CHOP Researchers Identify Clinical Features of MIS-C in Children

Published on in CHOP News

Researchers at Children’s Hospital of Philadelphia (CHOP) have identified key characteristics of Multisystem Inflammatory Syndrome in Children (MIS-C), a condition causing hyperinflammation that is potentially driven by a disordered immunological response following SARS-CoV-2 infection. They recently described their findings in a case series in the Journal of the Pediatric Infectious Disease Society, profiling six critically ill children with MIS-C.

In comparing the six cases, researchers found consistent symptoms of the syndrome include fever, diarrhea, and shock. Other symptoms, which were observed in some but not all patients, included rash, conjunctivitis, swelling of the extremities, and mucous membrane changes.

Although some of the symptoms in MIS-C are similar to those in Kawasaki disease, an illness that causes blood vessel inflammation throughout the body, the researchers found several symptoms among the patients in the case study that may distinguish MIS-C from Kawasaki disease. Patients in the case series often had severe gastrointestinal symptoms (for example, diarrhea and abdominal pain), heart failure, and low platelet counts, whereas patients with classic Kawasaki disease tend not to suffer from diarrhea and heart failure and tend to have high platelet counts rather than low ones.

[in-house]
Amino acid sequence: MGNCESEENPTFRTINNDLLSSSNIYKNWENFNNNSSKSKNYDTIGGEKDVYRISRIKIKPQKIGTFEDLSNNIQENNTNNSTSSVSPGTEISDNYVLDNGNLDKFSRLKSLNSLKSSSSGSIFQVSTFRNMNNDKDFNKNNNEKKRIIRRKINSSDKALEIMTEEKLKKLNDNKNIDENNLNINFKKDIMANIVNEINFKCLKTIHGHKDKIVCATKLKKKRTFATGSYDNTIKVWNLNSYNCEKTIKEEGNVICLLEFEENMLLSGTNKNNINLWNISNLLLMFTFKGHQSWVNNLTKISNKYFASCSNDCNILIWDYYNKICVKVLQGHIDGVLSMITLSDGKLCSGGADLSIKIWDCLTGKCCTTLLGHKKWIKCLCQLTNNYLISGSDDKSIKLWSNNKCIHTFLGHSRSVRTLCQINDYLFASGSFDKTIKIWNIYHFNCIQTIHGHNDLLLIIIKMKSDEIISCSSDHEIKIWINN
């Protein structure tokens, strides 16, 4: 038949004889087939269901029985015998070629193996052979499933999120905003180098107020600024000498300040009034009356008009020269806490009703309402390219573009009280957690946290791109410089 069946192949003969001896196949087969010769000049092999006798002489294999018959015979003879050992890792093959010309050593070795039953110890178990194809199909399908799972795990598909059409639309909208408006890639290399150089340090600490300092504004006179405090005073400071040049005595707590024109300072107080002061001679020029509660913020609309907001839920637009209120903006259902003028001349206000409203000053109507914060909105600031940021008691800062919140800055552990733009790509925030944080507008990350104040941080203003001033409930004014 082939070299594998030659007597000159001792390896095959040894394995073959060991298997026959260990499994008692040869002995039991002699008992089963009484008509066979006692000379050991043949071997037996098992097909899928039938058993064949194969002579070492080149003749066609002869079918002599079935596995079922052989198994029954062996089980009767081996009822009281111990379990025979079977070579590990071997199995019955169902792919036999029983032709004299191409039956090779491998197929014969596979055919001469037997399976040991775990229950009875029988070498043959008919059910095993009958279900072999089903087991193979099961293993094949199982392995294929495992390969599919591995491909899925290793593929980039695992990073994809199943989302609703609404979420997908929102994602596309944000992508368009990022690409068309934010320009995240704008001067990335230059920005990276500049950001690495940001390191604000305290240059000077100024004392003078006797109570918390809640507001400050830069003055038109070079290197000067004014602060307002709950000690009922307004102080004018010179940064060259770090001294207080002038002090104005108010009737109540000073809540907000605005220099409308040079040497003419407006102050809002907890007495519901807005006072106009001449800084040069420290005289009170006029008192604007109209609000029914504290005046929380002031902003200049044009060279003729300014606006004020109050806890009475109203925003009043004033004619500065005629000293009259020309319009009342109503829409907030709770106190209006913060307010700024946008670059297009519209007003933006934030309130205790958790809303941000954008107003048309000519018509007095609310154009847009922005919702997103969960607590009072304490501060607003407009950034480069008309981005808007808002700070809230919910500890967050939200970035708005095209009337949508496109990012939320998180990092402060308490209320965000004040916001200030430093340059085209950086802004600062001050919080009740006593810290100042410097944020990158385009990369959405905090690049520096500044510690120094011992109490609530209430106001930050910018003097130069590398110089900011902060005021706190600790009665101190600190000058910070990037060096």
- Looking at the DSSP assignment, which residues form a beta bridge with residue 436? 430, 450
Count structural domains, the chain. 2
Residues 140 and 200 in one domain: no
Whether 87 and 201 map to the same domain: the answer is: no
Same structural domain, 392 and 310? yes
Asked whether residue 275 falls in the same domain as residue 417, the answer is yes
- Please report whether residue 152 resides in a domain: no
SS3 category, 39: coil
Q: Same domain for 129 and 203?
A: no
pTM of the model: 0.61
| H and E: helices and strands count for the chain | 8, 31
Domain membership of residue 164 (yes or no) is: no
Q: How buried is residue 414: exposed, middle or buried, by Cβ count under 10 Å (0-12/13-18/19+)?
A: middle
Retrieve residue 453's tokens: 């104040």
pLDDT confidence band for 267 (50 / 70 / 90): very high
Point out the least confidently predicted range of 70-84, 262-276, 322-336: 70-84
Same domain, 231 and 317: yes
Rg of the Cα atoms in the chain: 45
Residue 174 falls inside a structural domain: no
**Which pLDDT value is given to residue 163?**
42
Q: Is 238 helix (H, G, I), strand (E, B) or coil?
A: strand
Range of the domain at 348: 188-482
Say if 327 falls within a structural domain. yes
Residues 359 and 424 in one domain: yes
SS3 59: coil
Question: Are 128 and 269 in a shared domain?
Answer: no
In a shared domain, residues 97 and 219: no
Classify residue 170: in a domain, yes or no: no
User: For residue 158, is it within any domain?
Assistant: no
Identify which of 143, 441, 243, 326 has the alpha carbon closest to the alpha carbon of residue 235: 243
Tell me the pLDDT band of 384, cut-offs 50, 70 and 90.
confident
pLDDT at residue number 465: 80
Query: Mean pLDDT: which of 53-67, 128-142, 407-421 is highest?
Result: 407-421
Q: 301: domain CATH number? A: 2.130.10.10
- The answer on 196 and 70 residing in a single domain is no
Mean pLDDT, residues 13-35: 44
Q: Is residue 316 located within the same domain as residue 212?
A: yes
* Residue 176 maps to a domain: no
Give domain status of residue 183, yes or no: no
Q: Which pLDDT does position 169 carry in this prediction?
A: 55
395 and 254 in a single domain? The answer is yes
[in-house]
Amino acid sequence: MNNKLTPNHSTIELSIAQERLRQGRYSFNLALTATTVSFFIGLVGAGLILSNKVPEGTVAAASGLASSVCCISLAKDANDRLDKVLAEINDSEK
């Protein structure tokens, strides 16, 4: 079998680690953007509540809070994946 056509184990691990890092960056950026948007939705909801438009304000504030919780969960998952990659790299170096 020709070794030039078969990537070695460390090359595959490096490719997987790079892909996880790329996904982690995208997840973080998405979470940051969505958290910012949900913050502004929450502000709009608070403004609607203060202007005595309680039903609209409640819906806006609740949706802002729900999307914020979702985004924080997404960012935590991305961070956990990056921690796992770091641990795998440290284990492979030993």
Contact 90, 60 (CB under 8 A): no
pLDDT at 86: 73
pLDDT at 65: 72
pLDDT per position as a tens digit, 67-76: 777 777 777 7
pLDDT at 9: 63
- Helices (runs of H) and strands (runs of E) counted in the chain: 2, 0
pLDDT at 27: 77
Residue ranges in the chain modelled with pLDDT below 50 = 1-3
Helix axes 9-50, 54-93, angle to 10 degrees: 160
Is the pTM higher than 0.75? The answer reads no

Many of the clinical features described in the report were consistent with other MIS-C case studies, but the research team highlighted two novel findings. Four of the six patients developed neurological symptoms, ranging from headache to aseptic meningitis, and all six patients had low sodium levels.

Kathleen Chiotos, MD Kathleen Chiotos, MD Most of the patients were successfully treated with steroids and intravenous immunoglobulin (IVIG), and five of the six patients had been discharged from the hospital at the time of publication.

“Additional epidemiologic and clinical data are needed to measure the prevalence of this condition, refine the diagnostic criteria, and define optimal therapies,” said first author Kathleen Chiotos, MD, Medical Director of the CHOP Antimicrobial Stewardship Program and an attending physician in CHOP’s Pediatric Sepsis Program and the Division of Critical Care Medicine.

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